Sunday 21 October 2018

Charlie Webster shares coma photo two years after critical illness

The sports presenter spoke about her struggles with her health.

Charlie Webster has shared a photograph of herself in a coma (Ian West/PA)
Charlie Webster has shared a photograph of herself in a coma (Ian West/PA)

By Laura Harding, Press Association Senior Entertainment Correspondent

Sports presenter Charlie Webster has said she is “still surviving” as she shared a photograph of herself on life support two years after she was in a medically induced coma.

The TV star and Team GB ambassador, 35, contracted a rare form of malaria while in Rio for the 2016 Olympics after taking part in a 3,000-mile charity cycle ride to the Brazilian city.

She became unwell during the opening ceremony of the Games.

View this post on Instagram

2 years ago this was me... I was in a coma on life support. At this point I had less than 24 hours to live and the doctors thought it was unlikely I’d survive the night. They also told my mum I was most likely brain damaged. This time last year I was still struggling with my physical health and very much so my mental health. I could hear when I was in the coma, it was incredibly distressing, I was also told I was dying when I was still conscious. It was like torture trapped inside. Today feels weird, hard to describe, it floods back memories of the pain and also the heartbreak of my mum and brothers but I have a big smile on my face that I survived and I’m still surviving. We have been through crap as we all have - we can sit here though and say ‘I survived that’ I made a decision to make sure I learn from everything that has happened to me and be a better person for it. It may not seem it at the time but we are incredibly resilient and are blessed with an amazing spirit of fight and survival. All this crap that happens to us just makes us stronger, gives us a deeper understanding and empathy and more able to help others pull through bad times. Basically keep on going! You can do it! I know it’s easy to say but through deep pain we honestly learn so much about ourselves and how remarkable we as humans are. #teamcharlieunbreakable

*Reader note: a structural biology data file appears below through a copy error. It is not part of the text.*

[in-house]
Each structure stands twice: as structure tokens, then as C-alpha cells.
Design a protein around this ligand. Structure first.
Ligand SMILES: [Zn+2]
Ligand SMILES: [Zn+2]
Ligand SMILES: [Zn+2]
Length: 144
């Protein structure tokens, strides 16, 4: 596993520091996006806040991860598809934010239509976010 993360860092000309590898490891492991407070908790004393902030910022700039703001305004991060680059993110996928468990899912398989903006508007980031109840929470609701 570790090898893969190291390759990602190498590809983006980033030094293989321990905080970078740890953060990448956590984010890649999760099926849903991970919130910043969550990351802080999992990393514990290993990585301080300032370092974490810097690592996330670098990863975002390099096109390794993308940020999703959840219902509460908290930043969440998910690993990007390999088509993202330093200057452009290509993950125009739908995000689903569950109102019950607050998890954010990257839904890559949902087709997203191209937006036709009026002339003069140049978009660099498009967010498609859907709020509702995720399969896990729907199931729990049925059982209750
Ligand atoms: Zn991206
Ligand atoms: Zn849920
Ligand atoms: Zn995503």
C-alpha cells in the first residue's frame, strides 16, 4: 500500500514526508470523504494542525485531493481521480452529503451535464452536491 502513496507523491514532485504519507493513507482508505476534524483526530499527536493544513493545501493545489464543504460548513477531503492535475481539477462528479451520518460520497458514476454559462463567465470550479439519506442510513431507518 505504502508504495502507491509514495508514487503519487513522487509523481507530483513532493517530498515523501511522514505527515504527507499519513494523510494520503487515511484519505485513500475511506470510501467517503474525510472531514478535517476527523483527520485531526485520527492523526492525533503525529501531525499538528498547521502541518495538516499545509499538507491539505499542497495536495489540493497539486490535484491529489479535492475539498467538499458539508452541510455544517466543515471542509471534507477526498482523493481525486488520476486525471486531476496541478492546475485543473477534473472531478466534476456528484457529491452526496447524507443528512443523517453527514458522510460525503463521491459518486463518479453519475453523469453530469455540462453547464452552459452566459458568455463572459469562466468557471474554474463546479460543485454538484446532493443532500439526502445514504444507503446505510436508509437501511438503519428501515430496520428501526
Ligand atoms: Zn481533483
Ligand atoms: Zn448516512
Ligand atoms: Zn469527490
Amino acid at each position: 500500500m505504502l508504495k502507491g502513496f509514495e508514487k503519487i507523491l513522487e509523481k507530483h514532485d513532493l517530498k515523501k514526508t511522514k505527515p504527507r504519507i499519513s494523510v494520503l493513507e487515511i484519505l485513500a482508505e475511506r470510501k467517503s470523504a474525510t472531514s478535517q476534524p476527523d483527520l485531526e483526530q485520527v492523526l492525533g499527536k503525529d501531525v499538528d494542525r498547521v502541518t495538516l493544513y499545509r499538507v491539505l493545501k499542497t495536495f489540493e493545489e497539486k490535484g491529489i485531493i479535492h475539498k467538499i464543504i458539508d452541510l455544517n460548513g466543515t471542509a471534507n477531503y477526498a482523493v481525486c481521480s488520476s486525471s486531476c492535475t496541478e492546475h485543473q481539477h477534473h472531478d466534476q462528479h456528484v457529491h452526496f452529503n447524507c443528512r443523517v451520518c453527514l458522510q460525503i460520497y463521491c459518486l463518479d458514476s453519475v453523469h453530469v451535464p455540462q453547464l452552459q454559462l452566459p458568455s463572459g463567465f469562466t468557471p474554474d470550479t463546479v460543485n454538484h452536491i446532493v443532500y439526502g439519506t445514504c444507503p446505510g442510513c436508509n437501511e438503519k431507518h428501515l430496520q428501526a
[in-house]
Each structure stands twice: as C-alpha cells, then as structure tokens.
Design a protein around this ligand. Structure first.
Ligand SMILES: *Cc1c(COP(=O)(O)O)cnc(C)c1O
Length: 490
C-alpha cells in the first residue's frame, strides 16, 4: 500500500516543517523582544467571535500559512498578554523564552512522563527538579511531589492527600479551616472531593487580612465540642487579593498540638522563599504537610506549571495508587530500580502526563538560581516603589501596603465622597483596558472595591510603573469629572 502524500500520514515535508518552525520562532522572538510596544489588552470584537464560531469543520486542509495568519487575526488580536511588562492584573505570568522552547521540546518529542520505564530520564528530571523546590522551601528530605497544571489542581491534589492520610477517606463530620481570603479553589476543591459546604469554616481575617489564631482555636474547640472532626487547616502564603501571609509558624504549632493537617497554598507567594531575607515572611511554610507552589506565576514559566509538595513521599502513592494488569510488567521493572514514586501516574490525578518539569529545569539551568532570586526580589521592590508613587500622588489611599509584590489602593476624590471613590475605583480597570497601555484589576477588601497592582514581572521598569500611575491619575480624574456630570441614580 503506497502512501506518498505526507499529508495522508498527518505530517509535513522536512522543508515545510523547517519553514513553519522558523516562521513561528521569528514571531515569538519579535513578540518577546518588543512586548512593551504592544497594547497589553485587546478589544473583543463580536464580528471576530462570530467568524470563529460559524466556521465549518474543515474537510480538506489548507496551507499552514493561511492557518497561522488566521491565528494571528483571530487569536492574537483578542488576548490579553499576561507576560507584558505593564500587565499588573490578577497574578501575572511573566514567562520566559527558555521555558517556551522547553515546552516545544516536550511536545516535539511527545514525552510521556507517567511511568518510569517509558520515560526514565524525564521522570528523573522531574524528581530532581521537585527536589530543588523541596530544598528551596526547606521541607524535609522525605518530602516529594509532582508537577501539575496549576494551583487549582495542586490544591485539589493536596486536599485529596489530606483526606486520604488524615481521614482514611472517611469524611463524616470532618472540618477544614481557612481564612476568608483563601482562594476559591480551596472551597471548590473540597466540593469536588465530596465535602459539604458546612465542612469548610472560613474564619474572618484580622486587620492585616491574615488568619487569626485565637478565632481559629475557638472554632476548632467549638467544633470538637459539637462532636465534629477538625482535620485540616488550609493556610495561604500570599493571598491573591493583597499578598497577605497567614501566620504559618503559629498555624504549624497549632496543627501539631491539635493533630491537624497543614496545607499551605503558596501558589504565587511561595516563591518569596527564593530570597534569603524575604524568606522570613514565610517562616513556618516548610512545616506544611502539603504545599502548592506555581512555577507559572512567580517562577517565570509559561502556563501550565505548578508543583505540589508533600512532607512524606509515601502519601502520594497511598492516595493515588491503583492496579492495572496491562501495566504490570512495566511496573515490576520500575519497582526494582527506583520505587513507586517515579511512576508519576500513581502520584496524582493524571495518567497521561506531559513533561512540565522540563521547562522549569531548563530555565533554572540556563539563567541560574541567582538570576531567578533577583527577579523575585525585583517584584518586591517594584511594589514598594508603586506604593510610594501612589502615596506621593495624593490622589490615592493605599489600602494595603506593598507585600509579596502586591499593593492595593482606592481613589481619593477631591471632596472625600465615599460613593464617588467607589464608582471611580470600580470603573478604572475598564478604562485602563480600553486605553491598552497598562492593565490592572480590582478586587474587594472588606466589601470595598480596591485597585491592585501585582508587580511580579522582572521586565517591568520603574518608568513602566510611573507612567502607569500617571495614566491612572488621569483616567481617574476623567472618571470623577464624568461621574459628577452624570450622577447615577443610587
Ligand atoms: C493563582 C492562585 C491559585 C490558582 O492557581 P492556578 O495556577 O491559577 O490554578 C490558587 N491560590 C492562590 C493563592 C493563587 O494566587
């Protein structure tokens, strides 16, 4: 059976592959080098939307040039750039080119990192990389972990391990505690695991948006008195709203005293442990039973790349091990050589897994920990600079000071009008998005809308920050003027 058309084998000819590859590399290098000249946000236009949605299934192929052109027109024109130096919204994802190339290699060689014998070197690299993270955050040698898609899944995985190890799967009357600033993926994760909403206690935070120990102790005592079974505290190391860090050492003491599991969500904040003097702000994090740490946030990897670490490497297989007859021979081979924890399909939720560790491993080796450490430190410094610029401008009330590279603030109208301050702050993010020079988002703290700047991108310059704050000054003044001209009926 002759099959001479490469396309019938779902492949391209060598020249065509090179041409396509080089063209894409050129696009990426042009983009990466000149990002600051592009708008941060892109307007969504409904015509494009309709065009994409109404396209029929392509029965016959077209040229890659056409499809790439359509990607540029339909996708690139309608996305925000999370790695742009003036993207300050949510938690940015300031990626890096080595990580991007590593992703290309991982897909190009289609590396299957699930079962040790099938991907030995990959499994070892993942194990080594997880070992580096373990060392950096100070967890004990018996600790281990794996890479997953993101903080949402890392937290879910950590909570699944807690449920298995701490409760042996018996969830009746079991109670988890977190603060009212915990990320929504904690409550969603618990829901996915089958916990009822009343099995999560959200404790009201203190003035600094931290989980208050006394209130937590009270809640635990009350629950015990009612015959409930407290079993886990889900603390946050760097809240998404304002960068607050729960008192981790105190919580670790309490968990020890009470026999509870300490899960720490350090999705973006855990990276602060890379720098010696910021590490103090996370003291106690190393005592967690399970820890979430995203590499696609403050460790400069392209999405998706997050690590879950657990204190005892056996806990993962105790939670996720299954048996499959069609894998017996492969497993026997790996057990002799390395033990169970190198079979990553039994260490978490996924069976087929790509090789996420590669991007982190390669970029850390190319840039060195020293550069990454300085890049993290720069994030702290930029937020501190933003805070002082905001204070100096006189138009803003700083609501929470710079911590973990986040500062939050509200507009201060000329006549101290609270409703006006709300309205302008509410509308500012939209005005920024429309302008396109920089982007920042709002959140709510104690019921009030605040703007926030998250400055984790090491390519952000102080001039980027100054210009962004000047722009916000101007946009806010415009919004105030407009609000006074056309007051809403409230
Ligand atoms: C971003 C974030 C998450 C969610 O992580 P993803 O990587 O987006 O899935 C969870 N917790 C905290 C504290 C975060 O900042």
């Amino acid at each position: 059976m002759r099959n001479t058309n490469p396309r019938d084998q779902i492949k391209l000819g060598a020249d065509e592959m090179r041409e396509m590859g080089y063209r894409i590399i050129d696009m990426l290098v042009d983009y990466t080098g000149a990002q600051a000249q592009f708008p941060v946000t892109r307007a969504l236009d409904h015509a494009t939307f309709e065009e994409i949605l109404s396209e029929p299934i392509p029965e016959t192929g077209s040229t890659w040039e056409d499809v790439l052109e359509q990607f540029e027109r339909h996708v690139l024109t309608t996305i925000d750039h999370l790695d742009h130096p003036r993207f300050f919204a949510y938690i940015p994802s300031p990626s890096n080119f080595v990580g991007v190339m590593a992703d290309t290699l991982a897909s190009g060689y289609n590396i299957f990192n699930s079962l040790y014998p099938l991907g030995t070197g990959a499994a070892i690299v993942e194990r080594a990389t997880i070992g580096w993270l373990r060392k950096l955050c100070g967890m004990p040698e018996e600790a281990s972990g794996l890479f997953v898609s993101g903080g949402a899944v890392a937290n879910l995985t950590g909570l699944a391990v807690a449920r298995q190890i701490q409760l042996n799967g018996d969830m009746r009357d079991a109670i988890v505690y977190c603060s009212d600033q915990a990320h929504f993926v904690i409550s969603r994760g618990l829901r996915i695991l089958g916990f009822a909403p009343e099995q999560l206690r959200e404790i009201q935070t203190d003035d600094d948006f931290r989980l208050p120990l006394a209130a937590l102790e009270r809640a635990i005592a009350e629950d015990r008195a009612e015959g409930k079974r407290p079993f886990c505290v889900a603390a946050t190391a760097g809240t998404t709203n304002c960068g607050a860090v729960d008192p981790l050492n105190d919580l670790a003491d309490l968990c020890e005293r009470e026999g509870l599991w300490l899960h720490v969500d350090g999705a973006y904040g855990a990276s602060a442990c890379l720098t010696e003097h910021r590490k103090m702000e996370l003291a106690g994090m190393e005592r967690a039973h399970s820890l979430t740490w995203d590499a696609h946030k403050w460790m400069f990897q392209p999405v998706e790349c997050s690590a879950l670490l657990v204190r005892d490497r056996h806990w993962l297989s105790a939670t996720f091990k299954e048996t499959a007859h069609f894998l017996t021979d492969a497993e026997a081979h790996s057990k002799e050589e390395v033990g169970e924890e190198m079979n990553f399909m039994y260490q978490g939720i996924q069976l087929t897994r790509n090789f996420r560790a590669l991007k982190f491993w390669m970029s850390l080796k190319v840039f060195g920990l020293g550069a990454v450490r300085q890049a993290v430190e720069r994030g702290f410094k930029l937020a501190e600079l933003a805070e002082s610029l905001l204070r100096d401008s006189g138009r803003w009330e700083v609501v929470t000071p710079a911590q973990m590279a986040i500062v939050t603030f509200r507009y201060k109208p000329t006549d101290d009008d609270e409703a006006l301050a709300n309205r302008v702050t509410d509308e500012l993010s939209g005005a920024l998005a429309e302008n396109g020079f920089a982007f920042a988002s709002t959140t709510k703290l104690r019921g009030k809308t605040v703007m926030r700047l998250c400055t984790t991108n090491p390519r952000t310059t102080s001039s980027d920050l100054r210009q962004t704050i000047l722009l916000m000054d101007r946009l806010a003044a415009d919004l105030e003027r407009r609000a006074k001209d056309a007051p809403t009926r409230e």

A post shared by Charlie Webster (@charliewebster) on

She shared a photograph of herself lying in a hospital bed hooked up to monitors with tubes going in and out of her mouth, and wrote: “2 years ago this was me… I was in a coma on life support.

“I had less than 24 hours to live, it was unlikely I’d survive the night. They told my mum I was likely brain damaged.

“This time last year I was still struggling with my physical health & very much so my mental health.

“I could hear when I was in the coma, it was incredibly distressing, I was also told I was dying when I was still conscious. It was like torture trapped inside.”

She added: “Today feels weird, hard to describe, it floods back memories of the pain and also the heartbreak of my mum and brothers but I have a big smile on my face that I survived and I’m still surviving.

View this post on Instagram

It’s #WorldMalariaDay ... this is Jordan he managed to survive severe malaria but his sister Asha who was 9 did not. Since I met this wonderful family we’ve exchanged handwritten letters. It’s horrific that a child dies every 2 minutes of malaria but it’s also about what it can potentially do if you survive, I have a kidney problem, a girl in the same village got cerebral palsy from malaria, development problems are a big factor of severe malaria survival. It is also about making sure the next generation are healthy enough to get educated and go to school, ultimately impacting their ability to earn a living, make a change. Pregnant women and young children are most at risk, so are refugees, there are 65 million displaced people in the world right now. Ending malaria will help stop the cycle of poverty. #MalariaMustDie

A post shared by Charlie Webster (@charliewebster) on

“We have been through crap as we all have – we can sit here though and say ‘I survived that’ I made a decision to make sure I learn from everything that has happened to me and be a better person for it.

“It may not seem it at the time but we are incredibly resilient and are blessed with an amazing spirit of fight and survival.

“All this crap that happens to us just makes us stronger, gives us a deeper understanding and empathy and more able to help others pull through bad times.

“Basically keep on going! You can do it! I know it’s easy to say but through deep pain we honestly learn so much about ourselves and how remarkable we as humans are.”

Webster previously said she was diagnosed with post-traumatic stress disorder due to experiencing the horrors of her life-threatening illness.

Now an ambassador for Malaria No More UK, she said her research and campaigning have helped her come to terms with what happened to her.

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